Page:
Inaugural Banjo Barometer Report reveals 30 per cent spike in SME loan applications
Manufacturing, retail and transport businesses fuelled a 40 per cent surge in loan applications in the first quarter of FY24 as SMEs battled inflation headwinds and an ATO tax debt crackdown, the first Banjo SME Business Barometer Report has revealed.
The Barometer provides a quarterly snapshot of Banjo’s lending to a wide range of Australian SMEs, including data on loan size history, industry, location, new applications and overall quality of those applications, thereby offering insight into the fortunes of small businesses and their respective industries.
It builds on Banjo’s SME Compass report, which comes out annually and surveys SME sentiment on the challenges and opportunities available in the coming year, such as hiring staff and access to credit.
Key data from the Q1 Barometer Report includes:
- Loan applications submitted to Banjo increased by 40 per cent and were 30 per cent higher based on volume in Q1 2024 compared to the prior corresponding period.
- Loan applications were higher for the manufacturing (+21 per cent), retail (+7 per cent), transport, postal and warehousing (+6 per cent), education (+13 per cent) and arts and recreation (+71 per cent, although off a low base) industries.
- Loan applications were lower across the wholesale trade (-16 per cent), accommodation and food services (-11 per cent) and financial and insurance services (-10 per cent) industries.
- Applications from healthcare and social assistance businesses (e.g aged care facilities, and pharmacies) and administration and support services grew in Q1, continuing a trend seen over the past five quarters.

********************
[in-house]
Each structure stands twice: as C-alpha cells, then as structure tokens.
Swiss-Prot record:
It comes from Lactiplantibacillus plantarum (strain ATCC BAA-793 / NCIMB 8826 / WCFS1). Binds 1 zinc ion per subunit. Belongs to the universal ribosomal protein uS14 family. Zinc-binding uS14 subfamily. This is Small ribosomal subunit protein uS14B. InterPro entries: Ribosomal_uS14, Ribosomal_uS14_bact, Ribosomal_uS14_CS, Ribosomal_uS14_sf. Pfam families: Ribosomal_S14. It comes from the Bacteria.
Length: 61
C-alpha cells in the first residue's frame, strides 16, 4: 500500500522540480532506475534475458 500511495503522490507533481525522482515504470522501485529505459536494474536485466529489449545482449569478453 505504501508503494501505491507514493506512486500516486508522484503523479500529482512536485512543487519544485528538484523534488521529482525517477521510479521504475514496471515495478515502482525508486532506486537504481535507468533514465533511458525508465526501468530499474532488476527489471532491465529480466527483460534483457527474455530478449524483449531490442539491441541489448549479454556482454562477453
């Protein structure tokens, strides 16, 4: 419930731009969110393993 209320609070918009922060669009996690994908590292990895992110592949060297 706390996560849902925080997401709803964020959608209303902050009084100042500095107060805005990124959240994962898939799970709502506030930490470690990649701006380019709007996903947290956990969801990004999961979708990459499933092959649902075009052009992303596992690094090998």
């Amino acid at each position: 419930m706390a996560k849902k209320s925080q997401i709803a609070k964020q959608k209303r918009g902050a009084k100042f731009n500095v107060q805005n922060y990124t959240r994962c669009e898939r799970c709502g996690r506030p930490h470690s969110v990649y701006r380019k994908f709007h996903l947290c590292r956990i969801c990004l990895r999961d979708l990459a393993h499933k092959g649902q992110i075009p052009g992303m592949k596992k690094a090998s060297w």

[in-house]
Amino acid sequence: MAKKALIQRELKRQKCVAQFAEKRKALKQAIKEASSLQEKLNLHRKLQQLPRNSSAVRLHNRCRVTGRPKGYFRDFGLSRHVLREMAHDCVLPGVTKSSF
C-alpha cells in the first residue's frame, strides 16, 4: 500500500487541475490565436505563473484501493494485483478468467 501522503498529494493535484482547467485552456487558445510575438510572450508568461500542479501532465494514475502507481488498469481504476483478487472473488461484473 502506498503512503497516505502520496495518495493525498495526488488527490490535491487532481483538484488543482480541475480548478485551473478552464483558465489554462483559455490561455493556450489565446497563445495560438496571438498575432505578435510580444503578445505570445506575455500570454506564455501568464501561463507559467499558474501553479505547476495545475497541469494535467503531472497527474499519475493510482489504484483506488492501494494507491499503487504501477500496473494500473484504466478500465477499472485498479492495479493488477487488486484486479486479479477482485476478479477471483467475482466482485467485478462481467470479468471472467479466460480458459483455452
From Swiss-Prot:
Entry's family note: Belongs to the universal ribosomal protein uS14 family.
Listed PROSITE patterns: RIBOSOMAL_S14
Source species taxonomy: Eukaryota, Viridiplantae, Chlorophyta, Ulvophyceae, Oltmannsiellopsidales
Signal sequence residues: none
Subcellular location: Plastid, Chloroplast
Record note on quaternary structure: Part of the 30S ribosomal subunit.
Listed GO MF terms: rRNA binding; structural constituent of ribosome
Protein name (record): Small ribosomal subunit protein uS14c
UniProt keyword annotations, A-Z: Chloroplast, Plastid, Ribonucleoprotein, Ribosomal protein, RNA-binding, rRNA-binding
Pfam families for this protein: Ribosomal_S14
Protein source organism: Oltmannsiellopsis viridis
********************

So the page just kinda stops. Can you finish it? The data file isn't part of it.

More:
- Construction and manufacturing, retail and wholesale trades industries are experiencing headwinds in the current economic environment.
- SME lending was up by 200 per cent in South Australia while the number and size of each loan decreased in the larger states of Western Australia, Victoria and New South Wales.
Banjo Loans CEO Guy Callaghan (pictured) said the spike in loan applications from manufacturing businesses was not just being driven by cashflow challenges, but also the need to invest in new equipment and technology to drive improved outcomes.
“These businesses are looking for new, innovative ways to fund the new equipment like asset financing which non-banks like Banjo are adept at providing,” Callaghan said.
“SMEs are still seeing opportunities in the current marketplace and it is part of our DNA to help businesses grow where they can.”
“The Barometer uses loan data to drill down into what business sectors are growing or struggling so we can understand the challenges and growth prospects facing SMEs in today’s economic climate.”
Callaghan said the overall surge in loan applications from some industries was being driven broadly by two factors, comprised of a challenging economy and more businesses turning towards alternative funding sources.
“We know many of the listed banks have tightened lending in the past two quarters just when SMEs need funding support the most,” Callaghan said.
“The ATO is also cracking down on tax debt which is creating problems for some businesses, particularly when they have not entered a payment plan.
“Having said that, we mitigate the risk by analysing each loan on a case-by-case basis to understand the pain points for that specific business and the ways we can help.”
About the Banjo SME Business Barometer Report
The SME Business Barometer Report includes Banjo’s latest quarterly key data such as SME business lending activity by; loan size history, industry, location history and new application activity, loan application quality, where available. By measuring the number, quality and volume of applications, activity by region, and repayment behaviour, it offers insights into the fortunes of the small business sector and the industries they operate within.